There is no such thing as an uneventful and dull Pakistan Super League (PSL).
First, it was a league that was played thousands of miles away from the country it bore the name of. Then there was that nasty spot-fixing scandal of 2017, followed by the national quest to bring the tournament along with the big names in world cricket to Pakistan.
When the A-listers finally started warming up to the idea of traveling to Pakistan, Covid-19 struck and made it an annual routine to cut up the PSL into two halves.
This year, the league's seventh edition is being staged in Pakistan in its entirety for the first time. No international stars refused to visit and Covid-19 has also been on the wane. Just when we thought we would finally get a regular, run of the mill, controversy-free PSL, James Faulkner happened.
The allegation and subsequent clarification
One fine morning last week, the Australian all-rounder shocked the PSL fraternity by announcing that he was quitting the league on account of the “disgraceful treatment” meted out to him by the Pakistan Cricket Board (PCB) and PSL management.
He accused the cricket board of not “honouring my contractual agreement” and “continuing to lie to me”.
Faulkner dropped his twin tweets like bombshells and it spread like wildfire. The last we checked, the tweets had accumulated collective likes to the tune of 60,000, in addition to 10,000 retweets. No prize for guessing the territory from which most of this Twitter activity or borderline celebration was coming from.
The PCB swiftly proceeded to issue a clarification, explaining what Faulkner’s grievances were and what the board had been doing to remedy them before the cricketer quite literally threw a tantrum, with his helmet landing on the chandelier of the hotel he was staying at.
Now, no matter what the nature of a quarrel and the history of opposing entities, it's never right to form an opinion without independently verifying the facts. But such have been the affairs of Pakistan cricket over years and decades that one would be tempted to believe Faulkner's story.
Truth lies in the details
If you analyse circumstantial evidence in this particular case, however, Faulkner's account appears to come out hollow. The PCB has been dealing with overseas players for years now and not once has there been an issue of payment. In fact, at one point it was believed that the PCB was actually overpaying foreign talent and almost pandering to them just to lure them to Pakistan.
In the ongoing edition of PSL as well, each franchise has at least half a dozen overseas players on their books. Neither this lot, nor those who played in earlier editions of the PSL have ever complained of being stiffed by the PCB.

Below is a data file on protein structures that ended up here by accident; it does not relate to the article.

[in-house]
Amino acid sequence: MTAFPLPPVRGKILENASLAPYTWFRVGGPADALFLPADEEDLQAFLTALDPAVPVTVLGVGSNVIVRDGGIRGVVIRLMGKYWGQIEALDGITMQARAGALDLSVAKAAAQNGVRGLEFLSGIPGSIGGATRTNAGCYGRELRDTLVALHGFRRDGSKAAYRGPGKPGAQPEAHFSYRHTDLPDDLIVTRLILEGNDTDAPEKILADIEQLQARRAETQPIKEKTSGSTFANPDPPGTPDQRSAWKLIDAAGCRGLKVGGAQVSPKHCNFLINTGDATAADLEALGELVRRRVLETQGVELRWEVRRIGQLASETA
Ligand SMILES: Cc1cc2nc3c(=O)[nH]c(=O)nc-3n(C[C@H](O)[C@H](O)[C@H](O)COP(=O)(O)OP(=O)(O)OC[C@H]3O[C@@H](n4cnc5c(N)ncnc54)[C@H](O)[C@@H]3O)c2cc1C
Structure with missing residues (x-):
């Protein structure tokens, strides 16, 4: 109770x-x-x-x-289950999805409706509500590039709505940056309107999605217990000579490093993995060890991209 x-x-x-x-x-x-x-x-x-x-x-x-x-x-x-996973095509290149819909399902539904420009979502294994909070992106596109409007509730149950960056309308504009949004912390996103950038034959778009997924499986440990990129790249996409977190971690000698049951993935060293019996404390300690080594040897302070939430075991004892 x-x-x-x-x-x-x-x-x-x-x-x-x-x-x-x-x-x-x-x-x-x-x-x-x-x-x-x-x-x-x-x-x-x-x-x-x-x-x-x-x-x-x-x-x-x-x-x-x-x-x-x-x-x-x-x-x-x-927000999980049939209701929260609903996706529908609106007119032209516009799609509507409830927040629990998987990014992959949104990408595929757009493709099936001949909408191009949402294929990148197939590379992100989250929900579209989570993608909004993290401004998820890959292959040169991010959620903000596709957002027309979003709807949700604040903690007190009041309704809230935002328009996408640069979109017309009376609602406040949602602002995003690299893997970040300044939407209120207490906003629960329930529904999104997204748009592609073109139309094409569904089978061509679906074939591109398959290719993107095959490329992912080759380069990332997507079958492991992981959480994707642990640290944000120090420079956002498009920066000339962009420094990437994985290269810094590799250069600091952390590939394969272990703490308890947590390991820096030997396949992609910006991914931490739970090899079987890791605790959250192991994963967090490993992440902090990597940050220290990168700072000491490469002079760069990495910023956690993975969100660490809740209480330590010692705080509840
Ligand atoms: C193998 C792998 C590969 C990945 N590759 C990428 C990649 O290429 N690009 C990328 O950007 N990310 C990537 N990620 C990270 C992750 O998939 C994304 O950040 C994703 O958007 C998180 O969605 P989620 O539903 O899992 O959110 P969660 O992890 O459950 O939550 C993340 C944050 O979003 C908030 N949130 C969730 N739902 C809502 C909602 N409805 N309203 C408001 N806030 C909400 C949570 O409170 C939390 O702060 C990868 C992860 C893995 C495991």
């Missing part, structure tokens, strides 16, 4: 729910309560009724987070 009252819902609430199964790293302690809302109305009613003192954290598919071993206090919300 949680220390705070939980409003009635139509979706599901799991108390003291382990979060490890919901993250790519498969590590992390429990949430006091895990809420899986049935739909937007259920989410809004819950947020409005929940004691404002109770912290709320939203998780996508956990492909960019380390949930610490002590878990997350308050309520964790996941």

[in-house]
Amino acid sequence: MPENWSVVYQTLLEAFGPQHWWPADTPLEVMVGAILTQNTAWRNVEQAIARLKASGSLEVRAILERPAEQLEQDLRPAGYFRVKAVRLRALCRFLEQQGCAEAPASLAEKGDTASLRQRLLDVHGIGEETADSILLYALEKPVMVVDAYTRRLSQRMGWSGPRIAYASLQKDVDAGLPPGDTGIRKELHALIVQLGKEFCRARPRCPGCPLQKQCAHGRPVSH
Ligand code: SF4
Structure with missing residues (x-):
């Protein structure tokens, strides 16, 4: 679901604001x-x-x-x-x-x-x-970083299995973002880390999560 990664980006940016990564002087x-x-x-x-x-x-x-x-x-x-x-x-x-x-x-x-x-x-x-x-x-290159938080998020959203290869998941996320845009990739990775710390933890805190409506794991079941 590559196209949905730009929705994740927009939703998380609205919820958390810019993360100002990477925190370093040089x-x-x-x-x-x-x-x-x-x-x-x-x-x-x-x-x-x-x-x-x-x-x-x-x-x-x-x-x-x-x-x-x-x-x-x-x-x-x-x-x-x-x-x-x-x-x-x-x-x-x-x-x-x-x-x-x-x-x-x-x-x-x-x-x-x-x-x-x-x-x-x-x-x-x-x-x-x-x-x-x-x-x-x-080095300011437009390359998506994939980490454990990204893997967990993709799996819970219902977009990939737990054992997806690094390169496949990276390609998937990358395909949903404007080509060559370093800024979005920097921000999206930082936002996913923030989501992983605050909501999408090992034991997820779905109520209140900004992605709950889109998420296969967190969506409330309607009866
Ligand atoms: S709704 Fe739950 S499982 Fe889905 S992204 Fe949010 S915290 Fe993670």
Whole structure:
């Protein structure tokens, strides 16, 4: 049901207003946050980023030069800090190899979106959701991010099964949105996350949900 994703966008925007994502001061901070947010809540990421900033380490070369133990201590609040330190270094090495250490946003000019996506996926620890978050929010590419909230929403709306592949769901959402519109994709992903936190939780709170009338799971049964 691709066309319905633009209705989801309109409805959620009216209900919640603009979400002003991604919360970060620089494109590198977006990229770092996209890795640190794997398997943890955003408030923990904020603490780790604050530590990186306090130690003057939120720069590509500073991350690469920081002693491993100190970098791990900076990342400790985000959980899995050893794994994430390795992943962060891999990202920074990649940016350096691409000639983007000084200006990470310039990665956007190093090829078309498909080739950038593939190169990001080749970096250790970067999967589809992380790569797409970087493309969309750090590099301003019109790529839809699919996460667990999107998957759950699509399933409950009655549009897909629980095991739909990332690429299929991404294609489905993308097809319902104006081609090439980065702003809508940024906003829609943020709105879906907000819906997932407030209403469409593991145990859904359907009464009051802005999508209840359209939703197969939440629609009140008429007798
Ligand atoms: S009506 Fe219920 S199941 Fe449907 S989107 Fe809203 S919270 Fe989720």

In fact, the send-off given to Afghanistan's Rashid Khan by the Lahore Qalandars and the way he described his PSL experience directly contradict Faulkner's account.
Moreover, Faulkner's version of his payment row with PCB would have held greater value had the picture of his helmet tangled up in the PC chandelier not made the rounds on Twitter. To have a disagreement with an authority is one thing but to take it out on a completely different entity is totally another.
What if that helmet had landed on someone's head? In fact, Faulkner does have a history of rash behaviour. In 2015, the Aussie was banned from driving in the UK and fined £10,000 after he was involved in a car accident.
In the latest episode, the PCB, in consultation with all the franchises, decided to ban Faulkner from PSL for life but more needs to be done. Perhaps, the cricket board should take up the matter with Cricket Australia and if that does not do it, the Court of Arbitration for Sport also remains an option.
The CAS is often approached for mediation by athletes and sports bodies over a variety of matters, but mainly related to doping scandals and payment disagreements.
In 2016, the CAS famously upheld the decision to keep Russian athletes banned from participating in Olympics following the revelation of a state-sponsored doping network. The PCB itself took the CAS route in 2020 and saw the Swiss court impose a hefty Rs4.25m fine on Umar Akmal, although it provided some relief to the cricketer as well to hold him accountable.
If Faulkner's account is accurate, then he should be compensated and apologised to. But if the PCB and the chandelier are telling the truth, then the Aussie should not be allowed to hurt the PSL brand and legal options must be exhausted.